The Shape Of Water (2017)
SHOULD I SEE IT?
One of the most anticipated movies of the fall, The Shape of Water is right in the heart of the Oscar conversation this year.
The acting is stellar, with Sally Hawkins, Richard Jenkins, and Doug Jones as "The Asset" stealing our hearts and Michael Shannon a menacing force we can't take our eyes off of.
Technically speaking, The Shape of Water is extraordinary from a technical standpoint, from the production design to the score, costumes, and visual effects. It's hard to believe this film was made for just $20 million.
Though there is a great message to think about and take away from The Shape of Water, the movie could confound people with its beauty-and-the-beast style story.
Might be a bit too quirky and odd for more mainstream audiences, even if the film has a lot of qualities that frequent moviegoers typically enjoy.
As someone pointed out to me recently - "what was the point of all of this exactly?"
One of the most anticipated films of 2017, The Shape of Water finds acclaimed writer and director Guillermo del Toro returning to the director’s chair, spinning another fantastical yarn that draws on the influences from cinema’s past to offer us something new and intriguing to consider for today.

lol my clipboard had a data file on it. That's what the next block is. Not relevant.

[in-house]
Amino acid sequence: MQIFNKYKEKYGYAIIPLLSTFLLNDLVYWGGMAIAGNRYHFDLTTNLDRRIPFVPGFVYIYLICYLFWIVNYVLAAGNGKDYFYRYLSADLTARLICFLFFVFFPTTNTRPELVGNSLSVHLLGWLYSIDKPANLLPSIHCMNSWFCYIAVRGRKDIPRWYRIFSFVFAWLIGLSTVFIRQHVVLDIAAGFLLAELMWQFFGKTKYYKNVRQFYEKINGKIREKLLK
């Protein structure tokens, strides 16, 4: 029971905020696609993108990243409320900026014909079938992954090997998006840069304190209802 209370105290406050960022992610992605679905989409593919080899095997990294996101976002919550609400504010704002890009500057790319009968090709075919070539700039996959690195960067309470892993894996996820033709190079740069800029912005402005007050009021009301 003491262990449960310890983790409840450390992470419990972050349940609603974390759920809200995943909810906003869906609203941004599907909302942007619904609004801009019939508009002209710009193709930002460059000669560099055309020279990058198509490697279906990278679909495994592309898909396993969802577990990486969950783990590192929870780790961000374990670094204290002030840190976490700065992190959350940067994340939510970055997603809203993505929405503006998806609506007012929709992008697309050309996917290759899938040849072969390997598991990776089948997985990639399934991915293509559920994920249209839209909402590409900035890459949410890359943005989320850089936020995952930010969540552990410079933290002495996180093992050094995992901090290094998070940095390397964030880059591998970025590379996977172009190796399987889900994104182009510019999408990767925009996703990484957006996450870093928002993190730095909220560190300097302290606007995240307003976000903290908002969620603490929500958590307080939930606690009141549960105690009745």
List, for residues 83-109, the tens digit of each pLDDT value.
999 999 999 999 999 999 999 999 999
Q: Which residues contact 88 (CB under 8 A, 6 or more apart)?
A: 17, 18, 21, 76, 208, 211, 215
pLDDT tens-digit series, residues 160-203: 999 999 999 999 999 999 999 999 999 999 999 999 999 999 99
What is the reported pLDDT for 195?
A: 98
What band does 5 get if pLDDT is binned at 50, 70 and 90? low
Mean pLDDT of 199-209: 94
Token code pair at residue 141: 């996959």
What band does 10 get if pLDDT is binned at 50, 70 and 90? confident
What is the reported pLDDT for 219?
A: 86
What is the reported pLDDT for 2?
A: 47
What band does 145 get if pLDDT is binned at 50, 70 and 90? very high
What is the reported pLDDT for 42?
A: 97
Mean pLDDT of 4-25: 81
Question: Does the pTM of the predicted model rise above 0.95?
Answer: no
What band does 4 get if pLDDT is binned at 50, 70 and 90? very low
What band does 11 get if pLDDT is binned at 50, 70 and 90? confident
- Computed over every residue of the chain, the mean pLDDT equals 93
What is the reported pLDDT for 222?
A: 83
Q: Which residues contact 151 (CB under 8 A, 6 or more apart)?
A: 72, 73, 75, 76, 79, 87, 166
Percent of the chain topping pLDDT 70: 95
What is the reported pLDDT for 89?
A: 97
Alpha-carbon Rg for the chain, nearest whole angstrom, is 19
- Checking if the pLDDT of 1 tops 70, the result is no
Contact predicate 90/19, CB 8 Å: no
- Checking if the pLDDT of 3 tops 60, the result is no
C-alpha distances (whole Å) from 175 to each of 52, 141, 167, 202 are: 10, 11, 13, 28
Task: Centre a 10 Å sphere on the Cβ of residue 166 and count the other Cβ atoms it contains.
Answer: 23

We are in the undefined early 1960’s, Baltimore. Elisa (Sally Hawkins) is a cleaning lady at a secret government research facility, and works alongside Zelda (Octavia Spencer). Rendered mute from infancy, Elisa cannot speak and expresses herself through nods, winks, sign language, and expressions. She lives alone, above a movie theater, and her neighbor, Giles (Richard Jenkins), is something of a friend and fatherly protector to her.
Each have secrets. And together they look out for one another.
At the lab, some thing called “The Asset” arrives and Elisa is immediately curious as to what it might be. Housed within a giant water tank, “The Asset” (Doug Jones) arrives under tight security, and under the watchful eye of the eccentric, cold-to-the-touch Col. Richard Strickland (Michael Shannon). Strickland, with a penchant for sarcasm, misogyny, and lime candy, discovered the creature in a river in South America. The lab will be running tests and analyzing the creature and Strickland is tasked with making sure nothing goes wrong.
Upon set up, The Shape of Water begins to fold in ideas and nods and winks to the Universal movie monster stories, which have been a guiding influence on del Toro’s work before. And it is clear del Toro is fascinated with his creation, "The Asset" a character and creature we simply cannot take our eyes off of.
The Shape of Water has a hypnotic, intoxicating pacing, and the tone and atmosphere del Toro creates is palpable. This world feels true and real, and I, for one, found myself scouring every inch of the frame, taking in the world that these characters navigate through. We watch, rapt with attention, as Elisa and “The Asset” are restricted from one another and comforts and protections begin breaking down around the main characters.
del Toro is not afraid to hint that the world, as all of these characters know it, is about to drastically be altered forever, but he holds enough surprises close to his vest to keep his guessing at how everything will shake out.